The 2005 World Series begins tonight. When either Houston or the White Sox win four more games, the Red Sox reign as world champions officially ends. Unofficially, it ended when the Red Sox were out-pitched, out-fielded and out-hit by the White Sox a couple of Fridays ago. In our hearts, it probably ended when the Red Sox failed to score with nobody out in the sixth inning of that game.
Looking back, because then is so much better than now, 2004 was truly a magical season. And while the future of the team certainly looks promising, will it ever capture our hearts the way it did last year? Maybe the disappointment of the 2005 team or the chill in the air of the approaching winter has me waxing nostalgic, but I feel like something great ended before it should have.
When April 3rd rolls around and the Red Sox take the field in Texas, it is very possible that the only starting players from “the 25” will be Jason Varitek, Trot Nixon and David Ortiz. Look around. At first, Minty is long gone and Millar has also played his final game as a Red Sox. Second base; the Bell is gone and so is Pokey. Third base; Bill Mueller is likely to be replaced by Youk. Shortstop, possibly the most regrettable change, sees Renteria patrolling Orlando Cabrera’s old turf. The outfield is less certain, but Manny and Damon may both be leaving Boston this winter.
The pitching staff has also scattered. Lowe and Pedro gone. Embree…gone. Schilling…who knows? Foulke, in my opinion, will be traded – how could he come back? Even the third base coach has moved on. God, wonderboy Theo isn’t even a certainty.
So we look ahead to the 2006 season. As always, with intense hope and great expectations for what the spring and summer might bring. Who will be picked up as free agents? What will we get in return for the trades we will make? Who will retire? And perhaps most tantalizing, how many of the young guns will we see in 2006?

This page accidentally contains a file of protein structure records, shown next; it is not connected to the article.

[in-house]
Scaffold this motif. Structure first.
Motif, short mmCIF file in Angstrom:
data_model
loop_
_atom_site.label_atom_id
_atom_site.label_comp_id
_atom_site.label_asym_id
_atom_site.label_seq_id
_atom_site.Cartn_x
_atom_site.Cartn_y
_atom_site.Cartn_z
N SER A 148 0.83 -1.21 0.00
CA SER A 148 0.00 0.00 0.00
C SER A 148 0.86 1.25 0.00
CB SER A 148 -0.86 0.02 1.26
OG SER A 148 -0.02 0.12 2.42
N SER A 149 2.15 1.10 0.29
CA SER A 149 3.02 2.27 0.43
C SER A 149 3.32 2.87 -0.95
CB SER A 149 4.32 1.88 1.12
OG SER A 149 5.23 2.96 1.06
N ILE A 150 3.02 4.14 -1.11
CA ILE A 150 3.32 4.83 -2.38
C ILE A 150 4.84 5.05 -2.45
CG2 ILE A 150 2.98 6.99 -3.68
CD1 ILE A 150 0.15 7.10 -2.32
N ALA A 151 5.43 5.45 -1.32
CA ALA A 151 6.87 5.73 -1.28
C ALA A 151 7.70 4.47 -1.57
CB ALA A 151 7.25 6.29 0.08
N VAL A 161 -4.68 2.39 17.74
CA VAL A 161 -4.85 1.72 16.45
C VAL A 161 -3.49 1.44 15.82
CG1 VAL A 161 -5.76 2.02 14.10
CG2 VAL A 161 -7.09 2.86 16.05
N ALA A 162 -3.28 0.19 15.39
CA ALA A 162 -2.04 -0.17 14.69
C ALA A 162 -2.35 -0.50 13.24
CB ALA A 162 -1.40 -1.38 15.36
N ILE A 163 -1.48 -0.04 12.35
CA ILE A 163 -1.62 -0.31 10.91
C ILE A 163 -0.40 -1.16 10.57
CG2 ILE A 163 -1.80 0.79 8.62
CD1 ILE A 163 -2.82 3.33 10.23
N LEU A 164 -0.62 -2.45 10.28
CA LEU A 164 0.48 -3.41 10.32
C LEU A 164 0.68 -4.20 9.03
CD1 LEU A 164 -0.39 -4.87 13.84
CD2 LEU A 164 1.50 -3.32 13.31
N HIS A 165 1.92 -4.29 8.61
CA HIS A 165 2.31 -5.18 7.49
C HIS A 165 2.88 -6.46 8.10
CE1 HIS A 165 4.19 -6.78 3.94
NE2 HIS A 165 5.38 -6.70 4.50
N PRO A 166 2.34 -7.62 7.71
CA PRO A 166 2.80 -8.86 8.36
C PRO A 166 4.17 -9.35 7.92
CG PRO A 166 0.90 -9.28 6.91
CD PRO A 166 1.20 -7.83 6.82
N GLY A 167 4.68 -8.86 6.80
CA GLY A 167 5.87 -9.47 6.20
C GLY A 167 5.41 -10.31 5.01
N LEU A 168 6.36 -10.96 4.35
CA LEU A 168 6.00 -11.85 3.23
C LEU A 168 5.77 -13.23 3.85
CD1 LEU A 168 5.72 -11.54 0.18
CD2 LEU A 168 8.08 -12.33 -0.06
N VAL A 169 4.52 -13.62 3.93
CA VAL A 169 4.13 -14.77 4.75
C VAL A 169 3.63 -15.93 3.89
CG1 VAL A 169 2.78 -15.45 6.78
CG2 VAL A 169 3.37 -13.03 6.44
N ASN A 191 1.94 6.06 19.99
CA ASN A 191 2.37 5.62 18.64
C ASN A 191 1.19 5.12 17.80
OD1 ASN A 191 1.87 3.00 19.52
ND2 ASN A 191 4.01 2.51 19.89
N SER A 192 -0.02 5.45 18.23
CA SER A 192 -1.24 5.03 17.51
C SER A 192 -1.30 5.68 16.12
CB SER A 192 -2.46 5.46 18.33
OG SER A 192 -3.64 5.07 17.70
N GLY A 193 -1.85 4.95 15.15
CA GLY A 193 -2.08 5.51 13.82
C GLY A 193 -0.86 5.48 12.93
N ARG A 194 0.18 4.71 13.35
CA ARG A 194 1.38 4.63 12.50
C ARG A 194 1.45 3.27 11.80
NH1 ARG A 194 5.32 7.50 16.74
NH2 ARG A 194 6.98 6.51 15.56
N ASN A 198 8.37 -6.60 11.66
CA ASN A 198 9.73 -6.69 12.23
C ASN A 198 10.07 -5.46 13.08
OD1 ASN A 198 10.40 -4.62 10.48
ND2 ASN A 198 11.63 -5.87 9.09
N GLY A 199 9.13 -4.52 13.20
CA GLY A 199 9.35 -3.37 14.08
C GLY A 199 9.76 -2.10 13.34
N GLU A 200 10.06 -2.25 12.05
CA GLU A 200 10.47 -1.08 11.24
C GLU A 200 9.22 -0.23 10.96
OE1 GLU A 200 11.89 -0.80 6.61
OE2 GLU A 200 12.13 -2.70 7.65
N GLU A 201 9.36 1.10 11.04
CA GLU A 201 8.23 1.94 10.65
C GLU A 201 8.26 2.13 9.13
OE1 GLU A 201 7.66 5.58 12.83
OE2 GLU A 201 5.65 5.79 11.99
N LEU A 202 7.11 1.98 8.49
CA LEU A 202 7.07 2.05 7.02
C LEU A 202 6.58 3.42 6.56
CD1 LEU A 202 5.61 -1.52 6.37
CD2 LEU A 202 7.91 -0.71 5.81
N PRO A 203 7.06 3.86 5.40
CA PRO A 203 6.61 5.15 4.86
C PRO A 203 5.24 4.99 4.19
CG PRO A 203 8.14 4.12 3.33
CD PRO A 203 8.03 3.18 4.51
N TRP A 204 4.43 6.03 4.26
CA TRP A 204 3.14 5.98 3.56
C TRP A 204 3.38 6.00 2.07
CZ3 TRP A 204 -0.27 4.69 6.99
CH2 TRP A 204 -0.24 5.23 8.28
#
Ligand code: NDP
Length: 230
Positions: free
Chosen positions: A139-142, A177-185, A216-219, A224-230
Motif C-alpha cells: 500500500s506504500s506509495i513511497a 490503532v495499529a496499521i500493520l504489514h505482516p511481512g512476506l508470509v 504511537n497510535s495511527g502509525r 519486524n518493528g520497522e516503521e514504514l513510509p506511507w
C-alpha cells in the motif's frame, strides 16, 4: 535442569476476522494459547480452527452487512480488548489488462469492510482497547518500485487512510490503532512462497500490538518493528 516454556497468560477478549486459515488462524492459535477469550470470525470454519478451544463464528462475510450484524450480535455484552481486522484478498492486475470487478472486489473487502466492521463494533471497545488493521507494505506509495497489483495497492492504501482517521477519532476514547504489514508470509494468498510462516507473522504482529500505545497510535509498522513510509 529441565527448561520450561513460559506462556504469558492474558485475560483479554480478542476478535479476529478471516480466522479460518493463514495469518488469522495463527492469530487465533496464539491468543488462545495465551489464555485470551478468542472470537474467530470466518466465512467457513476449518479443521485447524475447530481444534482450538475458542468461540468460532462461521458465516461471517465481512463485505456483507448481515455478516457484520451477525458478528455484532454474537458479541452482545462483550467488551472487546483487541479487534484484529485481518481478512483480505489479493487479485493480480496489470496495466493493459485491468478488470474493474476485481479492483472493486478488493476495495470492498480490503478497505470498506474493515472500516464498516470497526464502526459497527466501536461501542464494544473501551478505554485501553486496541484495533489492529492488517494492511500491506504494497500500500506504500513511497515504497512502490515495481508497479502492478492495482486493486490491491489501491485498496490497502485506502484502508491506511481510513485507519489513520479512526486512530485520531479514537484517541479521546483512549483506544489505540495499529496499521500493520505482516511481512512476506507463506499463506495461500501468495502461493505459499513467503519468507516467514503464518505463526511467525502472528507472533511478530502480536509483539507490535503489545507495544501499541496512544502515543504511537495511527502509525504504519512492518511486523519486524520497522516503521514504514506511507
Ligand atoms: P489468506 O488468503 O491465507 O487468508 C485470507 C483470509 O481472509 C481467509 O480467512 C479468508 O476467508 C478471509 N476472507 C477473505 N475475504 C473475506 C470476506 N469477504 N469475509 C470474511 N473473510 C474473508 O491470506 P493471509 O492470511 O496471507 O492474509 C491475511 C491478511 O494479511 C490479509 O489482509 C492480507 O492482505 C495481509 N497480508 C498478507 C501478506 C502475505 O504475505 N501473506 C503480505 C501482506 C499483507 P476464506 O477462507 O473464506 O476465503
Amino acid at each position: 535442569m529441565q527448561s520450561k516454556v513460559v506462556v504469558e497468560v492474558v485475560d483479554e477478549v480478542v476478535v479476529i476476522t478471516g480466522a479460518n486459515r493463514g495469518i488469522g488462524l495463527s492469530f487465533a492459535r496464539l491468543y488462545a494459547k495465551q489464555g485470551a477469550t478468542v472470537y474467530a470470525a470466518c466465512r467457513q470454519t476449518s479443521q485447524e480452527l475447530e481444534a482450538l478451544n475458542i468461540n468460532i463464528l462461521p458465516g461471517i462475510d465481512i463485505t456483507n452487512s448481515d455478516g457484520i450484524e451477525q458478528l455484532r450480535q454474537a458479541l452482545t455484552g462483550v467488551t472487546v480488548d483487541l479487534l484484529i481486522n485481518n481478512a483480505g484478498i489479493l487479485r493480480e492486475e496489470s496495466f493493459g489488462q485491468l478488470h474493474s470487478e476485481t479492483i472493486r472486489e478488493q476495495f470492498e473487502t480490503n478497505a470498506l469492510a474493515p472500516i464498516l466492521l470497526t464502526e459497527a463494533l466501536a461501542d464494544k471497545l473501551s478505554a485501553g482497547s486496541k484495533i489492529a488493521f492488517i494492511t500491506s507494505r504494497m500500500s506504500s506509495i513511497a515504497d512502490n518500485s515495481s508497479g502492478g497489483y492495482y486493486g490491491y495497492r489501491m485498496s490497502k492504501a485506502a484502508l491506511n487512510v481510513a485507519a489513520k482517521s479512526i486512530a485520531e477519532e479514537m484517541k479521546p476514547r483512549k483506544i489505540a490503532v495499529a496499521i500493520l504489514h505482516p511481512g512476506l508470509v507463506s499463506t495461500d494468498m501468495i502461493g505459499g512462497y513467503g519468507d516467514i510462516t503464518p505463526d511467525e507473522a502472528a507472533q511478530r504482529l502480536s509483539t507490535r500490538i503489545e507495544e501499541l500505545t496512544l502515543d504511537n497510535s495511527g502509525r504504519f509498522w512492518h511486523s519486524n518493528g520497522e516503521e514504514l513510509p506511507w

Whatever names fill the roster, whatever players don the uniforms, they will be hard pressed to match the heart, spirit and undeniable lovableness (nice word, eh?) of the 2004 team. The complicated handshakes, the double finger-points, the bat flips and homerun watching on the field. Giant bobble heads and red plastic bats and spoon-feeding applesauce and push-ups and mugging for the camera in the dugout. Not to mention the championship caliber pitching hitting and defense. It all added up not only to a World Series championship team, but a team that captivated a nation and was cheered by fans everywhere. Well, almost everywhere.
I will watch the games and see a new team crowned champion. I will obsessively follow the off-season moves and count the days until pitchers and catchers report. I will dive headlong into the 2006 season with thoughts of October baseball already on my mind. But I will never forget the 2004 team and what they did for the fans of Boston. I miss them already.